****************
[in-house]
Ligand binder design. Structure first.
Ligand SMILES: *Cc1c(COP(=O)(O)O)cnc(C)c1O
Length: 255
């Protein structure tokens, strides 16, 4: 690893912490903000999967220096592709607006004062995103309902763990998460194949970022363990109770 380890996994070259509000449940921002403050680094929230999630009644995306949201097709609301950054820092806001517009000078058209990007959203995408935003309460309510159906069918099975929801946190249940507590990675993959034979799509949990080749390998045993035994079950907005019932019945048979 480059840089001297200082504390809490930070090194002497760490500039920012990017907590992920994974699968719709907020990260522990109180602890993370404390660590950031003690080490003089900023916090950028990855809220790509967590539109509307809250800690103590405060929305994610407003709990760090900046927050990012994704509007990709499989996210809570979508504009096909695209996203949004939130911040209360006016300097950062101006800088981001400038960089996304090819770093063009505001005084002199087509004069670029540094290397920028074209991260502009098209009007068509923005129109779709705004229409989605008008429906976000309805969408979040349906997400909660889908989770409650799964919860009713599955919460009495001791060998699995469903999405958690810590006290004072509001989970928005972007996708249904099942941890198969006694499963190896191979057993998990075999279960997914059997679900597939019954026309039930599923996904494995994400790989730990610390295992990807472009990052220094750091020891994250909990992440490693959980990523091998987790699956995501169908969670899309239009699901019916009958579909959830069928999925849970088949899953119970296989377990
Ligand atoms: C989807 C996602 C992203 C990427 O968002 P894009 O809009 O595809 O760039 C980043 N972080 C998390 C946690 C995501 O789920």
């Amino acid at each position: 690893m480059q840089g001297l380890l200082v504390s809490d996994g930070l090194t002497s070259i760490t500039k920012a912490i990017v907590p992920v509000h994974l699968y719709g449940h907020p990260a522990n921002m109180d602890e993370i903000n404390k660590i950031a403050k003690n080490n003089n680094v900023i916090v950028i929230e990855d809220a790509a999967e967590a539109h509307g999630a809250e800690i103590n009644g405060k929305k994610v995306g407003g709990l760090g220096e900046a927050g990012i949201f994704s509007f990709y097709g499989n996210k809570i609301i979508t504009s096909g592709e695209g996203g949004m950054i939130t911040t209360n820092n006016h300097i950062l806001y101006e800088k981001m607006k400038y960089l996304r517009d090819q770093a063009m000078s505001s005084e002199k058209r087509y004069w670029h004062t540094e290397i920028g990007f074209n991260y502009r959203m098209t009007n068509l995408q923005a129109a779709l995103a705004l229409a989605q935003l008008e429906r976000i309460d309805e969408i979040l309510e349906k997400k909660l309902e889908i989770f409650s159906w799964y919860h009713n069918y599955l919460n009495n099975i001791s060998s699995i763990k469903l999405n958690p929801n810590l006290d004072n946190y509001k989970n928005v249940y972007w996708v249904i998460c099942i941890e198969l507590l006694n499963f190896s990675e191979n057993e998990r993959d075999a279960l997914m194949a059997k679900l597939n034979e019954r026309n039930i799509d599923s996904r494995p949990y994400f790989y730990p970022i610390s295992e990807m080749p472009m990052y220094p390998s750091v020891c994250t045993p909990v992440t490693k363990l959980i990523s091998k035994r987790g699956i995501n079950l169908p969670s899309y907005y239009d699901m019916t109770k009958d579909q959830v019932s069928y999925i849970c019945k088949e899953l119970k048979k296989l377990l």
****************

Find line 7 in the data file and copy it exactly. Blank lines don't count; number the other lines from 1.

């Amino acid at each position: 690893m480059q840089g001297l380890l200082v504390s809490d996994g930070l090194t002497s070259i760490t500039k920012a912490i990017v907590p992920v509000h994974l699968y719709g449940h907020p990260a522990n921002m109180d602890e993370i903000n404390k660590i950031a403050k003690n080490n003089n680094v900023i916090v950028i929230e990855d809220a790509a999967e967590a539109h509307g999630a809250e800690i103590n009644g405060k929305k994610v995306g407003g709990l760090g220096e900046a927050g990012i949201f994704s509007f990709y097709g499989n996210k809570i609301i979508t504009s096909g592709e695209g996203g949004m950054i939130t911040t209360n820092n006016h300097i950062l806001y101006e800088k981001m607006k400038y960089l996304r517009d090819q770093a063009m000078s505001s005084e002199k058209r087509y004069w670029h004062t540094e290397i920028g990007f074209n991260y502009r959203m098209t009007n068509l995408q923005a129109a779709l995103a705004l229409a989605q935003l008008e429906r976000i309460d309805e969408i979040l309510e349906k997400k909660l309902e889908i989770f409650s159906w799964y919860h009713n069918y599955l919460n009495n099975i001791s060998s699995i763990k469903l999405n958690p929801n810590l006290d004072n946190y509001k989970n928005v249940y972007w996708v249904i998460c099942i941890e198969l507590l006694n499963f190896s990675e191979n057993e998990r993959d075999a279960l997914m194949a059997k679900l597939n034979e019954r026309n039930i799509d599923s996904r494995p949990y994400f790989y730990p970022i610390s295992e990807m080749p472009m990052y220094p390998s750091v020891c994250t045993p909990v992440t490693k363990l959980i990523s091998k035994r987790g699956i995501n079950l169908p969670s899309y907005y239009d699901m019916t109770k009958d579909q959830v019932s069928y999925i849970c019945k088949e899953l119970k048979k296989l377990l």